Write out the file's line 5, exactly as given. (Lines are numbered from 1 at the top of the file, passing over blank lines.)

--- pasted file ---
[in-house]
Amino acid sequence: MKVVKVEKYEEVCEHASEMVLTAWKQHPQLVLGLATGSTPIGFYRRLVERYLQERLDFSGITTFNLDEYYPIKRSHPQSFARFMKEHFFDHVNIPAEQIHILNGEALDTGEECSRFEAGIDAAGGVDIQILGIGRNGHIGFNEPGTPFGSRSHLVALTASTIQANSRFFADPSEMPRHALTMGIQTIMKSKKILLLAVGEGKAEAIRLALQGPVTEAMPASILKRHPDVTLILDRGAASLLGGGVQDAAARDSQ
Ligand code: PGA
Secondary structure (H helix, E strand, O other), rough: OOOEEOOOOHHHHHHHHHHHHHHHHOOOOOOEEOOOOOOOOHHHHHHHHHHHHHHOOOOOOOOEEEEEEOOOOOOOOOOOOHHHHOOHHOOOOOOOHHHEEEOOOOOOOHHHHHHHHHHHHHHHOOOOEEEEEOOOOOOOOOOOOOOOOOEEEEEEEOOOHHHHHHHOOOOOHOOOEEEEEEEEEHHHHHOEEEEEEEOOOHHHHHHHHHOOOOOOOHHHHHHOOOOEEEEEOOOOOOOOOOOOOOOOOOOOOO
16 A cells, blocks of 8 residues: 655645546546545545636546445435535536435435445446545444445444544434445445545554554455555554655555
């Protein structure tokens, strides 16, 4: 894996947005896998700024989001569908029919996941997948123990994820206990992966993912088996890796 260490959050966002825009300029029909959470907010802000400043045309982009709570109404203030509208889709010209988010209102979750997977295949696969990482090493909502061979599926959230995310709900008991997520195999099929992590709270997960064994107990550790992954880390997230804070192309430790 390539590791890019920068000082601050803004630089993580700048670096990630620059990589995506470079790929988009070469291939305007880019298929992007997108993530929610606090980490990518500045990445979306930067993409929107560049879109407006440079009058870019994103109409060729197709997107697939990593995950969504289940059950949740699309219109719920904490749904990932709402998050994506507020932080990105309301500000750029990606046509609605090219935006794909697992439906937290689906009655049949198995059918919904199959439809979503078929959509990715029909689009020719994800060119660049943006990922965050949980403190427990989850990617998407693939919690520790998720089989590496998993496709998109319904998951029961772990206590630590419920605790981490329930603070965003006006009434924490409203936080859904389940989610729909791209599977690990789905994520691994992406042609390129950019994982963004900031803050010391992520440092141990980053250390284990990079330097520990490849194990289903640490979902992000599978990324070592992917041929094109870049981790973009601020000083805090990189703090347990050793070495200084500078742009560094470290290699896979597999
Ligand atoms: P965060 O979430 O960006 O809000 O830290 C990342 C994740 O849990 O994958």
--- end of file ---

16 A cells, blocks of 8 residues: 655645546546545545636546445435535536435435445446545444445444544434445445545554554455555554655555